Travelocity’s parent company Expedia announced the launch of a creative review today.
After serving as the company’s creative AOR for two stints covering more than a decade, McKinney (the agency responsible for the not-an-Amelie-ripoff “roaming gnome”) will not participate in the review. The gnome itself, however, stays put.
From an email written by VP/GM Brad Wilson and quoted in the company’s announcement:
“In the hyper-competitive online travel space, breaking through the clutter with both a trusted brand and a fresh consumer message is of paramount importance. By reviewing our creative agency of record, we are ensuring that Travelocity can continue to effectively perform on both of these dimensions.”
Unfortunately, we do not have any information at the time as to which agencies will compete for the business. Here’s the interesting part:
“We have already shortlisted a number of agencies, so we will not be accepting any unsolicited proposals.”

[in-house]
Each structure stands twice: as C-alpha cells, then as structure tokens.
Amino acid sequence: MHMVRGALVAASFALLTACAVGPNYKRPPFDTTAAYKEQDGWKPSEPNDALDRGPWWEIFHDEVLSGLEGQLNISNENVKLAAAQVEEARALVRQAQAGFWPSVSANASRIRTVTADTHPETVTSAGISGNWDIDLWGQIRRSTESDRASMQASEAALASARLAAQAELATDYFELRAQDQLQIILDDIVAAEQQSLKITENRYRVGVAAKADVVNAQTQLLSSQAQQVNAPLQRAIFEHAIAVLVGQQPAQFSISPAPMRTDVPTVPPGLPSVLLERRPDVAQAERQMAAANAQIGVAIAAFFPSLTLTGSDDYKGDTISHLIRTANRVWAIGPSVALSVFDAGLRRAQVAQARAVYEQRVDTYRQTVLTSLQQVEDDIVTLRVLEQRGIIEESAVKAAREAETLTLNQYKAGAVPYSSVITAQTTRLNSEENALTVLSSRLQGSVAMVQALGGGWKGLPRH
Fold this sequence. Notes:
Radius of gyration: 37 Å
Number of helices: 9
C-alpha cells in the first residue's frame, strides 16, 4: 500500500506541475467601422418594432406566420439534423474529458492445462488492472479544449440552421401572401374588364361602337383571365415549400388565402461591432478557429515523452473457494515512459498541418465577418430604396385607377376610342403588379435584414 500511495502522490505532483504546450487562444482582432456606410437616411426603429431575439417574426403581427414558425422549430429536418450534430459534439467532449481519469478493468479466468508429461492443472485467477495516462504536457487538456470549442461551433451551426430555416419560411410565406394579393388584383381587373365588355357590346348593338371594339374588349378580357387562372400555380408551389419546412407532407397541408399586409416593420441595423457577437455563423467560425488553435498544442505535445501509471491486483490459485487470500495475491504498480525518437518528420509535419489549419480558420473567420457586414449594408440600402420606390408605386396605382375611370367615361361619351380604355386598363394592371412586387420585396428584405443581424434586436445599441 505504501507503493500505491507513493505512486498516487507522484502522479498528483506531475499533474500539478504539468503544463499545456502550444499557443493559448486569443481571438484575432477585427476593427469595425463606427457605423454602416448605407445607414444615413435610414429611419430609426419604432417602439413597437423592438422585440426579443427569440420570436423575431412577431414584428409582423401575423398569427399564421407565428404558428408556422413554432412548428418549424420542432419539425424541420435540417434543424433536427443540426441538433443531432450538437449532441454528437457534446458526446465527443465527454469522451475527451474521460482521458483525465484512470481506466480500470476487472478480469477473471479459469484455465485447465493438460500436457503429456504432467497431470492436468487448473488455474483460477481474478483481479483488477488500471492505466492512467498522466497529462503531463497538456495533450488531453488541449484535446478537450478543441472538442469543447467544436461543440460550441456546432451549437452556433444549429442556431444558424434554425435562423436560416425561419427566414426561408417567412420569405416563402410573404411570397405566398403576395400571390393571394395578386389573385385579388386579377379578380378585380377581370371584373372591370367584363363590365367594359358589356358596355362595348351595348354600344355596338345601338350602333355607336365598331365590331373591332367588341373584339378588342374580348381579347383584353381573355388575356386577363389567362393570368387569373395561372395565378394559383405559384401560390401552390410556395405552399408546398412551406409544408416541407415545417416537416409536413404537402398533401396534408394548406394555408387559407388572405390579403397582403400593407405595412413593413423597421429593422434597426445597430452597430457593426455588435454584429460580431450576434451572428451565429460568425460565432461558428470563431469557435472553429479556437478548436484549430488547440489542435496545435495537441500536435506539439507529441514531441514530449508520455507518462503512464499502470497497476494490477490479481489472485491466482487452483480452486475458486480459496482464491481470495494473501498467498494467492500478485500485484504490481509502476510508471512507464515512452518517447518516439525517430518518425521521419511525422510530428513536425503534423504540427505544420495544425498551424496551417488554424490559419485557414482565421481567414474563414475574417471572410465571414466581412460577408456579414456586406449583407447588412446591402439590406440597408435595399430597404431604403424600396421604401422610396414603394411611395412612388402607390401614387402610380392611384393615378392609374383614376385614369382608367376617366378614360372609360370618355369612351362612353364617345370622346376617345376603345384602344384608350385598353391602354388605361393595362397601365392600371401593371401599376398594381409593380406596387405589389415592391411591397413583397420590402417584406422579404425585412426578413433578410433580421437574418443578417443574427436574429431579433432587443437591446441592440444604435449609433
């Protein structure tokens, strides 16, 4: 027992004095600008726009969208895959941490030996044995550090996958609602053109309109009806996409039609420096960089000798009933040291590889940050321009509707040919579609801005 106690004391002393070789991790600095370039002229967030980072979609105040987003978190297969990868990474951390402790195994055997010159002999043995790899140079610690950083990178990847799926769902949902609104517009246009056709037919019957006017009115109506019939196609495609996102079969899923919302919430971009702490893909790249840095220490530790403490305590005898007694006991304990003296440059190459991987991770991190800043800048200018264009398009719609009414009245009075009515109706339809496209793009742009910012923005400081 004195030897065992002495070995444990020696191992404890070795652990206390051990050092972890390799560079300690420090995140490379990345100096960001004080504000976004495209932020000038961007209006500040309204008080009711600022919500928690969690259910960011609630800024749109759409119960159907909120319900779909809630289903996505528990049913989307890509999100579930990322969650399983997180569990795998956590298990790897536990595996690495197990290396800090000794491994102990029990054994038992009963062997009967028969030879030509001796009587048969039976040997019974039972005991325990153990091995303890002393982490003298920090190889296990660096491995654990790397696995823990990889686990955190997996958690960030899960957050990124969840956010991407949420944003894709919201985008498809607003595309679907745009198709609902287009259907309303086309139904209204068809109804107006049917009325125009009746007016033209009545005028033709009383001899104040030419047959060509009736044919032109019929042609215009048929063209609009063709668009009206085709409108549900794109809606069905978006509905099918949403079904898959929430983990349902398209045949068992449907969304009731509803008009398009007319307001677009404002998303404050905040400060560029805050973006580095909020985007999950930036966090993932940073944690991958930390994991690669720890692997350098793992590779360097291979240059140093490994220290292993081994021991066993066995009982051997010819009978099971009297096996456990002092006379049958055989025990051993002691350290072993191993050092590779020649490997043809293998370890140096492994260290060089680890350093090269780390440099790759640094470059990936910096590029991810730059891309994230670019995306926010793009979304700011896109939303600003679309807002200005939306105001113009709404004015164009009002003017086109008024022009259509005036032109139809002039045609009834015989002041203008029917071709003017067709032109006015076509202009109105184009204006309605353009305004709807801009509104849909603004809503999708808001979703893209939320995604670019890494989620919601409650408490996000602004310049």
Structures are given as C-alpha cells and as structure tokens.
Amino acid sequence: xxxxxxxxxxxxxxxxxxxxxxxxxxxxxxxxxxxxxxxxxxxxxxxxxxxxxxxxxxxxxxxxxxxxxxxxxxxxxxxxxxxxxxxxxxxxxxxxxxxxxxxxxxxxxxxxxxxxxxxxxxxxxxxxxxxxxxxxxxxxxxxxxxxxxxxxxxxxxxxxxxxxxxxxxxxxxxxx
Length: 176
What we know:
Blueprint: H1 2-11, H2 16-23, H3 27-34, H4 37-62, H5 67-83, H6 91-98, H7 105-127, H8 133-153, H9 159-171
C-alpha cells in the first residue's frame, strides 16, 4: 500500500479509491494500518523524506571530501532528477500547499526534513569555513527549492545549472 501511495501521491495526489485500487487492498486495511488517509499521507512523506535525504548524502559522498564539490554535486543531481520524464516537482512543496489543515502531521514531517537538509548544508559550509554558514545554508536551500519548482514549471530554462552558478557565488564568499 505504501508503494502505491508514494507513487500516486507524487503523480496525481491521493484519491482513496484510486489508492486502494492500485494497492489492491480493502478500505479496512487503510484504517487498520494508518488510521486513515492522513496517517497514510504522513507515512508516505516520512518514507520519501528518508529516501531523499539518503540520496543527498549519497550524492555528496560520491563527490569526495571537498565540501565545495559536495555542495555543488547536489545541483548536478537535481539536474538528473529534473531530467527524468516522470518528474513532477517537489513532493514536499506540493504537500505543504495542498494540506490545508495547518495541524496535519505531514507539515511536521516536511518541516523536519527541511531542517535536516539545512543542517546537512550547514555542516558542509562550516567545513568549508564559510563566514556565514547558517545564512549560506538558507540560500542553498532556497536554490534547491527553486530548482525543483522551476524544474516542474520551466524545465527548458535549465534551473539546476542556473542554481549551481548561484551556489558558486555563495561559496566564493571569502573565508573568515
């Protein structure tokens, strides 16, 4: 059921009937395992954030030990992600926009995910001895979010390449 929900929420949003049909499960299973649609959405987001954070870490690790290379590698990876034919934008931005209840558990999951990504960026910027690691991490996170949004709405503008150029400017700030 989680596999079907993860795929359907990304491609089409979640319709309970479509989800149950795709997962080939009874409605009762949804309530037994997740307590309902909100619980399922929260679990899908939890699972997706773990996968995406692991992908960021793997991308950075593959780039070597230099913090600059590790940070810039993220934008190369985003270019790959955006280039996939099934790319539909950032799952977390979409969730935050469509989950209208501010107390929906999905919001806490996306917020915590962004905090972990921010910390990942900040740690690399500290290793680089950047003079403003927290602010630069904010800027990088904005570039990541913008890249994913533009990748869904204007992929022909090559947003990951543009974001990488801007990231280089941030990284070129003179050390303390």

So the company hand-picked the shops itself. Regarding its mini-Santa spokesman:
“…we look to continue growing consumer recognition and preference for our Travelocity brand, its services and the iconic Roaming Gnome.“
McKinney initially won the business in 2003; after a 2010 review, Travelocity went to Leo Burnett and Razorfish but returned to its rightful owner two years later. McKinney’s most recent work for the client included a clever bit of Shark Week “newsjacking” involving a “How Far Am I From Sharks Right Now” website.
Regarding its relationship with the agency, Travelocity Head of Brand Marketing Brett Steiger writes:
“Starting in 2003, McKinney has been an integral part of Travelocity’s brand and its initiatives. We are grateful for the outstanding work that they have done for us to date, and wish them all the best going forward.”
The review is not particularly surprising given the fact that Expedia acquired both Travelocity and Orbitz in early 2015, positioning itself as the monopoly to beat with 75 percent of the U.S. online travel agency market.
Kantar Media notes that Travelocity spent $80 million on media in 2009 but slashed its budgets significantly in the years prior to the acquisition.